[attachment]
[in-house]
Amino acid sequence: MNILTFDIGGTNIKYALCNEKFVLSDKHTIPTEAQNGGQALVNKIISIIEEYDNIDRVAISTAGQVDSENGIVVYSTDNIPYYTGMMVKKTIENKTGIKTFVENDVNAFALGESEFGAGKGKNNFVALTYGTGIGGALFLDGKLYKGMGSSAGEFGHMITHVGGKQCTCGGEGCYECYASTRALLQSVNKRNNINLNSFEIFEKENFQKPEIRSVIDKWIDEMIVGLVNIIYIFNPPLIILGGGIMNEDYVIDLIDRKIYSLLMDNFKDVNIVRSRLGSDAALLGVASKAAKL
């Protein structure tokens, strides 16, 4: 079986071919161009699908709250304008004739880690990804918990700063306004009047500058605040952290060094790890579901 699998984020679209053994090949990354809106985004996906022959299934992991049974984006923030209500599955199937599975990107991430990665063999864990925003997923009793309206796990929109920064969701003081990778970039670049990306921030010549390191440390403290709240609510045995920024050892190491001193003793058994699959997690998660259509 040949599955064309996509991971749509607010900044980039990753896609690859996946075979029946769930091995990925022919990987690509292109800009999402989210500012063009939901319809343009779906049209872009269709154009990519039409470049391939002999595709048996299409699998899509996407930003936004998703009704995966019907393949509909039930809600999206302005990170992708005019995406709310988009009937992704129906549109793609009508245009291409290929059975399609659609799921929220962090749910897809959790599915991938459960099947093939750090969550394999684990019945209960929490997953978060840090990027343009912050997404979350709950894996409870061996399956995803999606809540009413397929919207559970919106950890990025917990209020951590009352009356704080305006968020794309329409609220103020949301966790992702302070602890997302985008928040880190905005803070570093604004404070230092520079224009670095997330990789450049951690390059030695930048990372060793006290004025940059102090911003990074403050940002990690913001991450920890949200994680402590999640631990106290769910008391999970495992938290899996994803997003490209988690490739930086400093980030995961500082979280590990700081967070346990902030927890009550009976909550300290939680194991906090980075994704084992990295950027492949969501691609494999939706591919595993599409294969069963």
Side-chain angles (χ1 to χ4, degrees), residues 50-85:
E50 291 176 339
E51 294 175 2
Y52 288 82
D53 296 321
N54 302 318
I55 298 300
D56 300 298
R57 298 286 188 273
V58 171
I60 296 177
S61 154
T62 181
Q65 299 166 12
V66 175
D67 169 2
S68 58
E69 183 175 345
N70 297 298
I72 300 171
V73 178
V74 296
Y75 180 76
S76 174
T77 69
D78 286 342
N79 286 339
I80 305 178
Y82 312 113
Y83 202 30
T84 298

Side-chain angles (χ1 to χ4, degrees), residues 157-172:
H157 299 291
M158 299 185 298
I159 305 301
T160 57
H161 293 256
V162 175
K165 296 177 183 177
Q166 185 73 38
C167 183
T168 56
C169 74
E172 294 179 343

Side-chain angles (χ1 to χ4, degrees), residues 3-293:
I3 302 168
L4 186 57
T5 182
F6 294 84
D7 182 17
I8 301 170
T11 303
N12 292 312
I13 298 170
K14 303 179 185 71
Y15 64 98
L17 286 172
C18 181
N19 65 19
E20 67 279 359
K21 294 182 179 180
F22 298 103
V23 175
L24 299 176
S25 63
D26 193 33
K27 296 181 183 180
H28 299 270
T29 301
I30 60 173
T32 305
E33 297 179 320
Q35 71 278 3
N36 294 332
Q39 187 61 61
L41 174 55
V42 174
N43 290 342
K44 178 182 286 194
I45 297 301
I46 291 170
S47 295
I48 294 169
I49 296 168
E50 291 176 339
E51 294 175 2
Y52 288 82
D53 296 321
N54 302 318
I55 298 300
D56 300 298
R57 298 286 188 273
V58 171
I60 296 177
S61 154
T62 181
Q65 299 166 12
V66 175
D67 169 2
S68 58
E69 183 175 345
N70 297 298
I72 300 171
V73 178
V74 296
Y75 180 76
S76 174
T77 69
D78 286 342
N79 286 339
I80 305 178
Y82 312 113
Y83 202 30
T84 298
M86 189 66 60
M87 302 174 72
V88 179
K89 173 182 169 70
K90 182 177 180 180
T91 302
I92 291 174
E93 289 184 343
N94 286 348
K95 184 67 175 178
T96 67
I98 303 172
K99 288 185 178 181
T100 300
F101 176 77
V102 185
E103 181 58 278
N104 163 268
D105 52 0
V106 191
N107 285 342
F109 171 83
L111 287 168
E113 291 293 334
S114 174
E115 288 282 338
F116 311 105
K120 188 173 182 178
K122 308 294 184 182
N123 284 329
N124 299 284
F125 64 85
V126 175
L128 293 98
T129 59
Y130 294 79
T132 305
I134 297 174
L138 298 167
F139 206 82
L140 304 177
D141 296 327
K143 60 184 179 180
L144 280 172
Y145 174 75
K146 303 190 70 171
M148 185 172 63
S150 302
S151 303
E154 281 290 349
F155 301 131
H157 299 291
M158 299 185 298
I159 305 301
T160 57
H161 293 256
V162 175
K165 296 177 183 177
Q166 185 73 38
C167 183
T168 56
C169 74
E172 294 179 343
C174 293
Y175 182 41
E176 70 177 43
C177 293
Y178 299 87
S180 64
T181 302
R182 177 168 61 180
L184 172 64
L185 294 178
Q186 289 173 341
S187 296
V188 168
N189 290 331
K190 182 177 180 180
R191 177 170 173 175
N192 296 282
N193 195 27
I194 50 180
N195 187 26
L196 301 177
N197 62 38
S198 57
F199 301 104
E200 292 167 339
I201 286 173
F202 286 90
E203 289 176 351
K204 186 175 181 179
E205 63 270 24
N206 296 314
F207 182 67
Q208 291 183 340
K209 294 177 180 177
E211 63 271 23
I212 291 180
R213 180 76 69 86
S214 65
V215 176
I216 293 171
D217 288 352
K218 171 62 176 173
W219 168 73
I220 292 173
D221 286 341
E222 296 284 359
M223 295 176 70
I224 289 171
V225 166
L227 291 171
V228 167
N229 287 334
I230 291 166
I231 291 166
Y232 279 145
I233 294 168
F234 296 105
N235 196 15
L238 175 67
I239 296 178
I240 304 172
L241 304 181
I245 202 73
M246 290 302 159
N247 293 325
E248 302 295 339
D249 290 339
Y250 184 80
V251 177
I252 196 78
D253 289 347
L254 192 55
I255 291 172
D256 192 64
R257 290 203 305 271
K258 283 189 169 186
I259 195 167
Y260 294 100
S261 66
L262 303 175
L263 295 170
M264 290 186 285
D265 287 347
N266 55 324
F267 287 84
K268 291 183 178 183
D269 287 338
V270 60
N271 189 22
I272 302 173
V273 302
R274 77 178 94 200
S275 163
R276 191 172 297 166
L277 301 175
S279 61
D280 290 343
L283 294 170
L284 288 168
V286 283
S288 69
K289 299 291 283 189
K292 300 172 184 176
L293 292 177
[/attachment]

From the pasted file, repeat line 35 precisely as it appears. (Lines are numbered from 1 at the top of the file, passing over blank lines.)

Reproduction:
Side-chain angles (χ1 to χ4, degrees), residues 157-172: